By Bunmi Adigun @Bunmi_Adigun

A YOUNG woman who had a facelift at SIXTEEN due to a rare condition that makes her look decades older wants to raise awareness for others like her

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Zara Hartshorn suffers with the condition Cutis Laxa - a rare disorder that causes the skin to hang loosely

Since the age of 12, Zara Hartshorn had been mistaken for a woman in her forties or fifties due to a disease she inherited from her mother Tracey Gibson, who despite only being 43, often got mistaken for a pensioner.

The mother and daughter from Rotherham, South Yorkshire were first told their appearance was due to a genetic condition called lipodystrophy.

Aged 16, Zara decided to have a facelift so she could finally look her age

But after visiting Dr Abu Garg, a lipodystrophy expert at the University of Texas Southwestern Medical centre in Dallas, Texas, he found that they were in fact suffering from an even rarer condition known as Cutis Laxa.

As well as the obvious symptoms, Cutis Laxa can cause serious health problems affecting the lungs, heart and arteries.

News of the diagnosis shocked Zara and Tracey, but Zara was more focused on her appearance than her health and underwent a four-hour facelift performed by Dr Robert Ersek to shave years off her.

Overjoyed with her new face, Zara brimmed with confidence and Tracey also had a matching procedure soon after to finally look her age.

Zara brimmed with confidence after her surgery
Before her surgery the teen was mistaken for a woman in her 40's

But four years since the surgery, Zara’s saggy skin has slowly returned and a family feud temporarily tore her and her mum apart.

Now 20, Zara admits to not looking after herself and hasn’t given her health a second thought.

She said: “When I came back from the States, life was completely different. It was amazing.

“I had so much confidence, got into a relationship. I got pregnant and I was happy.

“But unfortunately I had a miscarriage and I’m no longer in a relationship.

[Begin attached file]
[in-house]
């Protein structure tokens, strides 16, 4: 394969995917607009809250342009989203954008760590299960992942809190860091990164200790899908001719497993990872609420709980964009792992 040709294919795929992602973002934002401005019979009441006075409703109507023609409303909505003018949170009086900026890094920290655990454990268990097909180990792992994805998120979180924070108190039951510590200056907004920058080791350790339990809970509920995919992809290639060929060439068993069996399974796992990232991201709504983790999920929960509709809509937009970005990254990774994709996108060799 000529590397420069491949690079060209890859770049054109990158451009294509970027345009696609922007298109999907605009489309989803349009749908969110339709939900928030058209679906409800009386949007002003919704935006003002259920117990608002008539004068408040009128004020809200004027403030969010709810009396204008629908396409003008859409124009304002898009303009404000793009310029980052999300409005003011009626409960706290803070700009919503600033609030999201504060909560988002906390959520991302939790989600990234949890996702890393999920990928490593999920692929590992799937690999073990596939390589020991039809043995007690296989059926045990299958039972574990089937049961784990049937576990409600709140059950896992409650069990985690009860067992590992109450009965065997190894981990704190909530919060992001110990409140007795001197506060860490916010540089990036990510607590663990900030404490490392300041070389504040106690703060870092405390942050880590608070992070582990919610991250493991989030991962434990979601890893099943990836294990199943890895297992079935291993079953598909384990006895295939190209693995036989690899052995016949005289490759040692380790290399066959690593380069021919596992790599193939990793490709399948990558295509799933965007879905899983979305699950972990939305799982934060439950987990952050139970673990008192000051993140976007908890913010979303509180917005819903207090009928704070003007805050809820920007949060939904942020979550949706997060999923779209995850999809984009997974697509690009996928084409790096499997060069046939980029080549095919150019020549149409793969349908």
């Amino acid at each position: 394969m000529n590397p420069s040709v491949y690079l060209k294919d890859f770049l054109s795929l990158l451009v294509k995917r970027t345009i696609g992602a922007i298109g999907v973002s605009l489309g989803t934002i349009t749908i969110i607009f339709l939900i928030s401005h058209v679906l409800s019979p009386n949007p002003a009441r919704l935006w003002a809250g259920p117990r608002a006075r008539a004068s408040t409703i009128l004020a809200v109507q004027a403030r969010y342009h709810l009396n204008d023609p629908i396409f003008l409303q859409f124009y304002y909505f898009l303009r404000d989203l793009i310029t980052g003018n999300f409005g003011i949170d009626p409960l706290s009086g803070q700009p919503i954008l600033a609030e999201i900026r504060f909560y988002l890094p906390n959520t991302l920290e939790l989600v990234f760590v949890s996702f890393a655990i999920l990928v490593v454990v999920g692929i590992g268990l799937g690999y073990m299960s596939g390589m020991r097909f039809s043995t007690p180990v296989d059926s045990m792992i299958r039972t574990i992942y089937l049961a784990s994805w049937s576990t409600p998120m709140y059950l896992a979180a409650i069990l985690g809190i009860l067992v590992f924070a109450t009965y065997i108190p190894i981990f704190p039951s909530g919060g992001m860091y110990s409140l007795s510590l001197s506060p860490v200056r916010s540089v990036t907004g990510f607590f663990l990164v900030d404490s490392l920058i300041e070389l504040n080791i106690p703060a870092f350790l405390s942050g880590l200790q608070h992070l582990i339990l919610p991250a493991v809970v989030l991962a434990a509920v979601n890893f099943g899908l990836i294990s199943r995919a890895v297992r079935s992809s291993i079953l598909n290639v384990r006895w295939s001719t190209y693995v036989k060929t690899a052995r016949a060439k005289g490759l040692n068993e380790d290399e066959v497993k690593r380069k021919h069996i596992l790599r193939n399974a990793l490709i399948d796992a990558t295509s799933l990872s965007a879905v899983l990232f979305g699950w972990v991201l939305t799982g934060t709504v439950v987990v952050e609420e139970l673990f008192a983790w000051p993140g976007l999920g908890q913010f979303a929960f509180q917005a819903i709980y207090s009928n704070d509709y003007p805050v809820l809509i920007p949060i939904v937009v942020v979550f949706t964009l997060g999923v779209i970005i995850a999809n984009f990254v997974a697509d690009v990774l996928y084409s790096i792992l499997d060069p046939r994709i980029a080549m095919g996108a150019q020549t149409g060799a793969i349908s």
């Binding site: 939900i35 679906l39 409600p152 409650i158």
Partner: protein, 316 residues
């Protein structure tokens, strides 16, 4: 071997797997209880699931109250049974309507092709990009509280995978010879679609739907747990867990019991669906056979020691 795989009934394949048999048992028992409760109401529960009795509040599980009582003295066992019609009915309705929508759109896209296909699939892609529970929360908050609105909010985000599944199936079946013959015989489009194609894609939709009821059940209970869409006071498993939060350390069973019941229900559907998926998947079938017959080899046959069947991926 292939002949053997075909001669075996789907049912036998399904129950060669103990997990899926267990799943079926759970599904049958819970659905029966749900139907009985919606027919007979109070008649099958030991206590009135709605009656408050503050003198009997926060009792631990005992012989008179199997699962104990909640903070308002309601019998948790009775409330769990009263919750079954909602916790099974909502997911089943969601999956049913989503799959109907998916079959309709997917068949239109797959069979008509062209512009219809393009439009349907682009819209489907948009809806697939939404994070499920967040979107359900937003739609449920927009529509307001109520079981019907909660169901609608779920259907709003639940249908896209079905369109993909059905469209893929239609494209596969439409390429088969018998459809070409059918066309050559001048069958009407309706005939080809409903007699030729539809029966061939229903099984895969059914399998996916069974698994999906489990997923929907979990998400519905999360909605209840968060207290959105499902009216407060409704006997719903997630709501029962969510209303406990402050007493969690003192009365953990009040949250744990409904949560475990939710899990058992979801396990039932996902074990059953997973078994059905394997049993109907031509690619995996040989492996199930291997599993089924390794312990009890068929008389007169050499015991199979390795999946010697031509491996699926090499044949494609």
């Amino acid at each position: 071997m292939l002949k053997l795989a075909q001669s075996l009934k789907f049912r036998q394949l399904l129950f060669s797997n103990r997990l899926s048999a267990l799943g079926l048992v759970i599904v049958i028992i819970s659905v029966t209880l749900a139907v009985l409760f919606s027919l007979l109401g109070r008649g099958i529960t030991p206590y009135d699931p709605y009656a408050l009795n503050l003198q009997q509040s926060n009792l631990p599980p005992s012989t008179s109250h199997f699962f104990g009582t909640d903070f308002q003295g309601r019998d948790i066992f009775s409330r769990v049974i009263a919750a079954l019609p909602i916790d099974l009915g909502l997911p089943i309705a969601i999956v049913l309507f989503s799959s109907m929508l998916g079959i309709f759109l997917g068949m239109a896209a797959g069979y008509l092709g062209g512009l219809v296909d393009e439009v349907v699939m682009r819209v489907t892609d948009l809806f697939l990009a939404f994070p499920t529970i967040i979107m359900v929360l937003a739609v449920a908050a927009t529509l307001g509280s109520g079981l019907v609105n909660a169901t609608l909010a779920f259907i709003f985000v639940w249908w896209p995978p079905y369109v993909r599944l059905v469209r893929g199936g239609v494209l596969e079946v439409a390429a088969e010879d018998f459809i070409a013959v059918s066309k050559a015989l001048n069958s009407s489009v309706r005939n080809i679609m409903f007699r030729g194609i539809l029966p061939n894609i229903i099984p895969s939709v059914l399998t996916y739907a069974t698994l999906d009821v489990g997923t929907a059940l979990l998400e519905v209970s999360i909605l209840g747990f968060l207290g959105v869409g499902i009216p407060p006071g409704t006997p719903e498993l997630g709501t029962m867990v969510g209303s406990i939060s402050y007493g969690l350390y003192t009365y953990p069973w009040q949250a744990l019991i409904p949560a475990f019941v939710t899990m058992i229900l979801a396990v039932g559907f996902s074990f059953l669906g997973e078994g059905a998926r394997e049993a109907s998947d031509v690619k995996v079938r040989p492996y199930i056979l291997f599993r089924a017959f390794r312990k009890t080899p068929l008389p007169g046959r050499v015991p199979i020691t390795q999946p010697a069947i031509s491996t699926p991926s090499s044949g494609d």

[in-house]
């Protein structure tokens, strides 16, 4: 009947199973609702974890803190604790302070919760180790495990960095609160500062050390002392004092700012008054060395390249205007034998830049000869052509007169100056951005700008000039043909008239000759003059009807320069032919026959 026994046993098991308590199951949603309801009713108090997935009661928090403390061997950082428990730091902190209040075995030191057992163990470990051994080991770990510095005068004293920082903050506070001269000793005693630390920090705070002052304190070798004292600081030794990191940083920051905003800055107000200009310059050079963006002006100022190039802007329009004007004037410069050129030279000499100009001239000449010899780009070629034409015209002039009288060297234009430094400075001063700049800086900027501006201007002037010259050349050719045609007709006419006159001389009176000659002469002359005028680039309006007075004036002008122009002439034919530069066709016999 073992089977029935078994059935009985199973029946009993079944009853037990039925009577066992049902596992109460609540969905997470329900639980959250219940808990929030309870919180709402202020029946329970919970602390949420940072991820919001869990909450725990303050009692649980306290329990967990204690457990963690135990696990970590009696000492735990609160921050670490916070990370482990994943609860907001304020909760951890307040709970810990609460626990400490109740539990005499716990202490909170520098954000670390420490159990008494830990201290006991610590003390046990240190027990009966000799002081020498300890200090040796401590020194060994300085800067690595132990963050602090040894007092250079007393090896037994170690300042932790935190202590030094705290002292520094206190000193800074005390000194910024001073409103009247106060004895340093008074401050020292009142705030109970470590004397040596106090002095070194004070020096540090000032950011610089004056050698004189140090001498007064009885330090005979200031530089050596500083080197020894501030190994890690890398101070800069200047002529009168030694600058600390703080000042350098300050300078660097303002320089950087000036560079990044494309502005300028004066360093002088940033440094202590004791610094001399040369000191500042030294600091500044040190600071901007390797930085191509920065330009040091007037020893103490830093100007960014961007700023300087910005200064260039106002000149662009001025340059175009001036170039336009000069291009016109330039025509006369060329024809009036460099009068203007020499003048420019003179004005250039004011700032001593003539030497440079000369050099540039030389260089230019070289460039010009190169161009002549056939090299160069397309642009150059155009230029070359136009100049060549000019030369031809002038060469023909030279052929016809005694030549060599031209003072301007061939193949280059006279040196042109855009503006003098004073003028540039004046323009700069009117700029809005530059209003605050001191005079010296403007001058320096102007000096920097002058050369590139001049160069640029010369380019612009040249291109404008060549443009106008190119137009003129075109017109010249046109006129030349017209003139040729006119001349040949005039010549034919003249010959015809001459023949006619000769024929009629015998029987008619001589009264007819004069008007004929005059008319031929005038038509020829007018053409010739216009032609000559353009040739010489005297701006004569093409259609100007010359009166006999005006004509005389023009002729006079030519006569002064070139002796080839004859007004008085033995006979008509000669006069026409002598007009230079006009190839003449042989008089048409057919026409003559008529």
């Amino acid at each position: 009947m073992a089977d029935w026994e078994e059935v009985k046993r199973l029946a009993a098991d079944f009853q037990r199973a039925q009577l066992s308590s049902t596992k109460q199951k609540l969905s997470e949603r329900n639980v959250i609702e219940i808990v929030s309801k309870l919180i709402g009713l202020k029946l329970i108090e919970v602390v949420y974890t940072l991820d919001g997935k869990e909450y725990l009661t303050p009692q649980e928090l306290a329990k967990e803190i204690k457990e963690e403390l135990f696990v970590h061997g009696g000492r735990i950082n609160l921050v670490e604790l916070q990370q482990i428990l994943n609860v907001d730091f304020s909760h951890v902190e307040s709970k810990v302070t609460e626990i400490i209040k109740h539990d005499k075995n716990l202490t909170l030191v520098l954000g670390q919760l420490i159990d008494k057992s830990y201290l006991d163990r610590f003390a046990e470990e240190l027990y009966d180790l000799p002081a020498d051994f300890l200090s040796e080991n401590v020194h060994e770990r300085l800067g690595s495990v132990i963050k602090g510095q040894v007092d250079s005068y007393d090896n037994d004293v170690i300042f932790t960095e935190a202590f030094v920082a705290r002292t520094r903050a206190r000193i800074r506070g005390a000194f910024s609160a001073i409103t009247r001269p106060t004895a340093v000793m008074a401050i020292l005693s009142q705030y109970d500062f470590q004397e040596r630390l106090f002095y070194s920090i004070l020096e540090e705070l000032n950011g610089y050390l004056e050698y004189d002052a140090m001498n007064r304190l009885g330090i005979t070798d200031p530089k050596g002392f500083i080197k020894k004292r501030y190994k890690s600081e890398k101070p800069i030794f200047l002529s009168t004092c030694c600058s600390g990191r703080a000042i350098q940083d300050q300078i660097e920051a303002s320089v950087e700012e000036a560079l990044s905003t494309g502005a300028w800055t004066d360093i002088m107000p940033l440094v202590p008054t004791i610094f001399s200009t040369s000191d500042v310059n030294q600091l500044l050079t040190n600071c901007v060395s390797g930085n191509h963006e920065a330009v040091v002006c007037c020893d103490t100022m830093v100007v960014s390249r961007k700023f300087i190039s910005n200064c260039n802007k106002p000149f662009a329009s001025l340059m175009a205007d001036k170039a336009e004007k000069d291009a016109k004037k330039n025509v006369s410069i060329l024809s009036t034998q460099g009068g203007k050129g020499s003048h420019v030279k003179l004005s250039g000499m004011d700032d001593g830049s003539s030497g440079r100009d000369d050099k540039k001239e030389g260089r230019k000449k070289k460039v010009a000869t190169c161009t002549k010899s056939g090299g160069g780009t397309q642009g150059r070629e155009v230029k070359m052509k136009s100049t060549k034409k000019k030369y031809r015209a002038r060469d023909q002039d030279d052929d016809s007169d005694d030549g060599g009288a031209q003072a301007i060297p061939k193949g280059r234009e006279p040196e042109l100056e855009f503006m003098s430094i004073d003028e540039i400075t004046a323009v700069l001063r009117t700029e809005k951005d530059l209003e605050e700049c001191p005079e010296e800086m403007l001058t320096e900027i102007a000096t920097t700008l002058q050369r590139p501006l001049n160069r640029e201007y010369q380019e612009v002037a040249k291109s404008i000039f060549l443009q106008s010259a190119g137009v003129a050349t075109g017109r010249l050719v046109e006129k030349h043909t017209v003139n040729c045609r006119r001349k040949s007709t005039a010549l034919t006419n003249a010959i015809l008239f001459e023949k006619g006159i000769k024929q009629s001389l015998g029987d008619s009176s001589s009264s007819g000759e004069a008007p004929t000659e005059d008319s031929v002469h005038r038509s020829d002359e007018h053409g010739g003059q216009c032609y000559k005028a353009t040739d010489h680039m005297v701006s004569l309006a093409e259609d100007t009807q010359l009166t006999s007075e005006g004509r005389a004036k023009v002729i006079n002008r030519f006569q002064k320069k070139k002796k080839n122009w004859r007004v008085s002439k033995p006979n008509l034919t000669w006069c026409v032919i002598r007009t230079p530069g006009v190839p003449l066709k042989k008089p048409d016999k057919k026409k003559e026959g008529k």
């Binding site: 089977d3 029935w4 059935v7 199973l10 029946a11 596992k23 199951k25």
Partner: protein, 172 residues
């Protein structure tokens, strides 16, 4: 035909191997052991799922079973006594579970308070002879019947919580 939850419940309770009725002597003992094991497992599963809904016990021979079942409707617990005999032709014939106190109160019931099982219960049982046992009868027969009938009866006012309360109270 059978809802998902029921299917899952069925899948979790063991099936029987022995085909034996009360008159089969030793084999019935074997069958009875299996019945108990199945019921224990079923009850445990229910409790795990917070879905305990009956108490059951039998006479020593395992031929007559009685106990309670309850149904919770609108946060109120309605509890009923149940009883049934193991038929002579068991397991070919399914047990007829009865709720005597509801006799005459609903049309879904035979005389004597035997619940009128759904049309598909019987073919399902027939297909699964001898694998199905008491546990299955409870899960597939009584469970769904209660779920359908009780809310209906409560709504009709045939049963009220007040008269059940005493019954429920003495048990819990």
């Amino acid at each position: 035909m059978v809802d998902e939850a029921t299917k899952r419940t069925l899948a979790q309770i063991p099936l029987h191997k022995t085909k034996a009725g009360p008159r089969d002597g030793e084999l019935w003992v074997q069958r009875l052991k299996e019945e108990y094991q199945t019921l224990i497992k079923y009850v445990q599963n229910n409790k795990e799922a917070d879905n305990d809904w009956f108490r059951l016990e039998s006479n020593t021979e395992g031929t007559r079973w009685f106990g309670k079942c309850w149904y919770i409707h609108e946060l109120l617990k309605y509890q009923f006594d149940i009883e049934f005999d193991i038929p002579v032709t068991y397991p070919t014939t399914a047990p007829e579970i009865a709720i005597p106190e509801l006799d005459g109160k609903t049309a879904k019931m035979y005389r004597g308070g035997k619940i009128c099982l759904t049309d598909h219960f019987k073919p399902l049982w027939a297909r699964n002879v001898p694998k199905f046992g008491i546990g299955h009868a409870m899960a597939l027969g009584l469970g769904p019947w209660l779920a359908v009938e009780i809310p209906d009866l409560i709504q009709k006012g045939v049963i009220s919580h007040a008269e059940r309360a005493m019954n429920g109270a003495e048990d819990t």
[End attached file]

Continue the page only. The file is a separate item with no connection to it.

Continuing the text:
Zara was more concerned about what the condition was doing to her face than her health

“Since I found out I had Cutis Laxa, I have literally done nothing about it. The last time I saw a doctor was in Texas, which isn’t good.

“My health does worry me, but only when I think about it. Most of the time I’m oblivious to it, which isn’t a good thing.”

Zara is determined to live her life like a normal 20-year-old, despite still fearing meeting new people.

Zara had a fear of strangers incase they asked her age
Since a young child, Zara has always looked different

She said: “My facelift has dropped, especially when I smile and I don’t like it. It’s horrible, it makes me feel old.

“But I’m 20, I want to have fun. I want to be 20 and act 20.”

However, Zara’s health is starting to deteriorate and she finally found the courage to contact Dr Zsolt Urban who has been studying the condition.

Speaking to the doctor online, she was told some devestating news - Curtis Laxa could cause her heart to fail at anytime.

Zara's mother Tracey also has the condition, as well as her sister

She said: “It is actually a serious illness and I’m disregarding it like it’s not even serious. I’m terrified."

Realising she’d been living in denial, Zara made the brave decision to have a thorough heart scan.

Fortunately, tests showed that Zara’s heart was fine.

She said: “I’m buzzing. I’m not going to die.”

Acceptance of her condition has made Zara turn a new corner and she’s determined to use it to help others.

Zara now was to speak out for others who have the same condition

She said: “In all honesty, I don’t blame anyone for this illness. As daft as it sounds, everyone’s born the way they are for a reason and there is a reason I am the way I am.

“For me, the future is about trying to help as many people as possible that have got the same condition as me.

“I would like to inspire and try to help and reach out to those people that are scared to come forward and admit to the world that they have got this illness.”

**CONDITION OF USAGE: Zara’s journey features on Extraordinary People, Wednesday 15 Feb, at 10pm, on Channel 5.**